| November/December 1966

Rt. 1, Box 11A, Alamo, Texas 78516

The Engine Room at Alamo, Texas, is an unusual hobby which has developed into one of the main tourist attraction in the Rio Grande Valley. Tommy Tompkins, who is in the Aerial Application business, is completing a full display of the steam machinery of the late 1800's and early 1900's and is putting them in top condition and running order. This museum is located 1 Mile North Alamo Road (Farm Rd. 907), Alamo, Texas.

Here a visitor can enter a world their grandfather once knew. He can see many stationary type engines on display and in actual operation. The museum contains several different types of stationary engines, steam pumps and a steam tractor such as a 1911 Case.

One of the many engines is a two-cylinder engine which was obtained from the old No. 1 oil rig, which was owned by the Fitzpatrick Drilling Company. Center attraction is a big Corliss type engine with a 9,000 pound flywheel, and standing nearly fifteen feet high, which makes one gasp just to look at it. This Goliath of an engine was contributed by Max & Edwin Smith of San Marcus, Texas. They contributed this beautiful engine to the museum rather than have it go to the junk yard to be cut up for scrap. Other engines range in size from this giant Corliss, 125-horse-power engine, with its 16-inch bore and 36-inch stroke, down to miniature steam engines from Japan one can hold in the palm of their hand. There is a replica of an old telegrapher in his office, with key and sounder by his side.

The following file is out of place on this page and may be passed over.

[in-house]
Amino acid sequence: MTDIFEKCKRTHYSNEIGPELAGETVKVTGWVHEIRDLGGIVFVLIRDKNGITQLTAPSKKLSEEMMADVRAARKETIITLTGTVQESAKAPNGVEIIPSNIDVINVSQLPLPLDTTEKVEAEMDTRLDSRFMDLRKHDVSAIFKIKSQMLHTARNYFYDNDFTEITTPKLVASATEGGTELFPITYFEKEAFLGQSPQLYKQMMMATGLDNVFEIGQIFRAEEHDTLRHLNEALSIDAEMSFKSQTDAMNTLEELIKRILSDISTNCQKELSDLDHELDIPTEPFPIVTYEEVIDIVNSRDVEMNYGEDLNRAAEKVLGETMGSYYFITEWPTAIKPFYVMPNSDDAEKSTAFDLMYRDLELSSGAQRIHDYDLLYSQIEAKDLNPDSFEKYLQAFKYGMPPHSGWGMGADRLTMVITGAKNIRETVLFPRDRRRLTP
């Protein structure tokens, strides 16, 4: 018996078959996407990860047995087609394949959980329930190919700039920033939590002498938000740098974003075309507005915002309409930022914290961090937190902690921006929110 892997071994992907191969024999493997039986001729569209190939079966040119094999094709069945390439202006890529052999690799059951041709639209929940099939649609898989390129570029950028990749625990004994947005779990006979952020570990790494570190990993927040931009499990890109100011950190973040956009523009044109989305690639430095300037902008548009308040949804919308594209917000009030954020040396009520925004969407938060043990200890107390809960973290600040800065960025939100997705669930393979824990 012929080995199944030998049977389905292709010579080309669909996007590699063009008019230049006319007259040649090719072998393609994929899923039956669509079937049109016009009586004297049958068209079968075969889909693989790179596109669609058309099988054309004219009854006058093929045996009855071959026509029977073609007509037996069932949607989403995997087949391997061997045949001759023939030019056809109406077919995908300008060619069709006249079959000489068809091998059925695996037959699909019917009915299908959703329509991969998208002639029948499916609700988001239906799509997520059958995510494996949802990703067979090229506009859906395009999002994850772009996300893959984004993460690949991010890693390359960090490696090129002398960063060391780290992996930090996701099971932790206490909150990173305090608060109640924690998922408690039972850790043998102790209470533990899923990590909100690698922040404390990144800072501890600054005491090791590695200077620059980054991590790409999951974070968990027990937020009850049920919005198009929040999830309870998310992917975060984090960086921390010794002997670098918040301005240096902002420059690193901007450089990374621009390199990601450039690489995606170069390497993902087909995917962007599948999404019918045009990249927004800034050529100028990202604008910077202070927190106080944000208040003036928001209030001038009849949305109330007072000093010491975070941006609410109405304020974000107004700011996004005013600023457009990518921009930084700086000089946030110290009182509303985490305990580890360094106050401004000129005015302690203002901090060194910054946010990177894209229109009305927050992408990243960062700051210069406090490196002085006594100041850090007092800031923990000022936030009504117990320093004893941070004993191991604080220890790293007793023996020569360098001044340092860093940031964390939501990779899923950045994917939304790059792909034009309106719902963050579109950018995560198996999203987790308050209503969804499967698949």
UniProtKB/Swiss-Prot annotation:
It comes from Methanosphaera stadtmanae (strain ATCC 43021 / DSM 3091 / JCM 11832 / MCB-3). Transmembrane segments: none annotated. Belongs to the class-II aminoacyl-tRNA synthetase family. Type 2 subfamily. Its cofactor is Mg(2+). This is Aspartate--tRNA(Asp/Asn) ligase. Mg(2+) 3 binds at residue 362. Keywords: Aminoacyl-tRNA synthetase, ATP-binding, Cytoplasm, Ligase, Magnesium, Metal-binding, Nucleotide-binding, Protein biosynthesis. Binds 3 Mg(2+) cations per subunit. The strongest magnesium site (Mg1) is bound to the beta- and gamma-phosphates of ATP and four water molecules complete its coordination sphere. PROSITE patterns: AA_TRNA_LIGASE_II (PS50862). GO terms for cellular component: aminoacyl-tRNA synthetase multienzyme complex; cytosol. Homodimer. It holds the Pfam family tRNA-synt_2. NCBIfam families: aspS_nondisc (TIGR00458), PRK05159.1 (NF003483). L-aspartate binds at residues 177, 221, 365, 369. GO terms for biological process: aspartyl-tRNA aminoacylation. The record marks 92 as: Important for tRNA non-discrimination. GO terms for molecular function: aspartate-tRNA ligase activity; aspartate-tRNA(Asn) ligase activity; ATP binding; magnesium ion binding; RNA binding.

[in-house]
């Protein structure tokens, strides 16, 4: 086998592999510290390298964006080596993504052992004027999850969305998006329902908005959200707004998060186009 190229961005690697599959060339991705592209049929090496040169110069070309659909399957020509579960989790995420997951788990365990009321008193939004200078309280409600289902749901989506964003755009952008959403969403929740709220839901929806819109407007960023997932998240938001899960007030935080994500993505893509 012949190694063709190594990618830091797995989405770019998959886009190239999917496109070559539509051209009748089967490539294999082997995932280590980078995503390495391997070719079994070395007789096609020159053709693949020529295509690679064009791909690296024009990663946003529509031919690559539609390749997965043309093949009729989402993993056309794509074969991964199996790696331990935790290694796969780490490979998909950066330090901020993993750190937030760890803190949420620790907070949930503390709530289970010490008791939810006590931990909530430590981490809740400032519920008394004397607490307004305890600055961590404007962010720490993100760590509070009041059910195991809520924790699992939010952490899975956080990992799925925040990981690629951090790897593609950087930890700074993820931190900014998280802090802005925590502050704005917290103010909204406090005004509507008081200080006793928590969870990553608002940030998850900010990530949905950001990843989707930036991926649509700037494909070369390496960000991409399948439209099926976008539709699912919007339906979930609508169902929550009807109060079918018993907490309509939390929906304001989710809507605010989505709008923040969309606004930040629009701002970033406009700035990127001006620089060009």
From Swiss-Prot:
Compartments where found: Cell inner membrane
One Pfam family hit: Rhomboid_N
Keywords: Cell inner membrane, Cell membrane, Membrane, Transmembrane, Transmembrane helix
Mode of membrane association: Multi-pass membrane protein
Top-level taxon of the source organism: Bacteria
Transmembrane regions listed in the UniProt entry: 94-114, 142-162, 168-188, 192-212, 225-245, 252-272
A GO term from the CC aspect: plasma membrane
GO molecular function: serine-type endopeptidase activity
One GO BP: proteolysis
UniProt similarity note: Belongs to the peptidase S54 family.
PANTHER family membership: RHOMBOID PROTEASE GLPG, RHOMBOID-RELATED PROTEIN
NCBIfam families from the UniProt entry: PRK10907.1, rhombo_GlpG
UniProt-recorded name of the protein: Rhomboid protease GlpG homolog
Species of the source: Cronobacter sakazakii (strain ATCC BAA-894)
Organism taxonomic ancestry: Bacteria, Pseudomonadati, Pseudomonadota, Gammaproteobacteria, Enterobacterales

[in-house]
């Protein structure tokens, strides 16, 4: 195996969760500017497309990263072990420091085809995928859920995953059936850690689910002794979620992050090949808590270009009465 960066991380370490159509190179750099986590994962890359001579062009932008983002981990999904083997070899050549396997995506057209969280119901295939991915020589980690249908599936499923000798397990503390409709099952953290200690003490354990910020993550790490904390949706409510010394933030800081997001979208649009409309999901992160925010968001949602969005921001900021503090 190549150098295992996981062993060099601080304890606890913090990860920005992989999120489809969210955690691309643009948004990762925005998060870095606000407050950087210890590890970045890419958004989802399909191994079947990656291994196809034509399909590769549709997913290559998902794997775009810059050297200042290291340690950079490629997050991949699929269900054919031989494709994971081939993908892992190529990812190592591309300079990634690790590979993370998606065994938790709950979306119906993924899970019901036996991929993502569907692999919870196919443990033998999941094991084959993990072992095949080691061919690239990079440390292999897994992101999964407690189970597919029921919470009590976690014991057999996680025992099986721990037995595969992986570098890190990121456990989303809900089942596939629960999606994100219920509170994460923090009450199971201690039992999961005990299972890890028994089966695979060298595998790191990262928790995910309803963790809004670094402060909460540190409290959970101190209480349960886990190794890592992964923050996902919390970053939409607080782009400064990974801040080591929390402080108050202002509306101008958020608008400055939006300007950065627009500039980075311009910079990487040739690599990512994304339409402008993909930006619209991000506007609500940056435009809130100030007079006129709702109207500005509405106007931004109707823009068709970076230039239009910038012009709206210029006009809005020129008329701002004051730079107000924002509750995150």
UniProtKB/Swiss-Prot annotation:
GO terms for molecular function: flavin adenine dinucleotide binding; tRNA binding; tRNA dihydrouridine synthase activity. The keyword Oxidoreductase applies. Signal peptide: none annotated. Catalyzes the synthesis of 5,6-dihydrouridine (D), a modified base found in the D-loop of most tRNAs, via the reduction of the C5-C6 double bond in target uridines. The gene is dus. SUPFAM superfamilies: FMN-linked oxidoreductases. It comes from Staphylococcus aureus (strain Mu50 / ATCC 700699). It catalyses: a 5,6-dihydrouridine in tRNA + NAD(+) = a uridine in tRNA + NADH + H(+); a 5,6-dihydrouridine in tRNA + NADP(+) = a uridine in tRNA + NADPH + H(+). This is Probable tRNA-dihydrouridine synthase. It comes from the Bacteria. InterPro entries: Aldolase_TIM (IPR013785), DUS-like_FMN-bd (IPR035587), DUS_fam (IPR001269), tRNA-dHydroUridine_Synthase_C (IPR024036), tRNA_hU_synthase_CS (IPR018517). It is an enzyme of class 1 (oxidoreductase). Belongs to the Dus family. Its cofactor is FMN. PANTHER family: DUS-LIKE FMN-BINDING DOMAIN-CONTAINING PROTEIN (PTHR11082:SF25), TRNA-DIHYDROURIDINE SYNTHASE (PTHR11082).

The museum is open every day from 9 until 5 but Sunday is the best day because that is the day that Tommy 'fires 'em up.' No admission is charged. But Sunday is 'Live Steam Day' at The Engine Room.

Old and young alike will be fascinated by these old fashion steam driven engines, for it is the only museum of its kind in the world, and is listed in the Historical Directory for the State of Texas.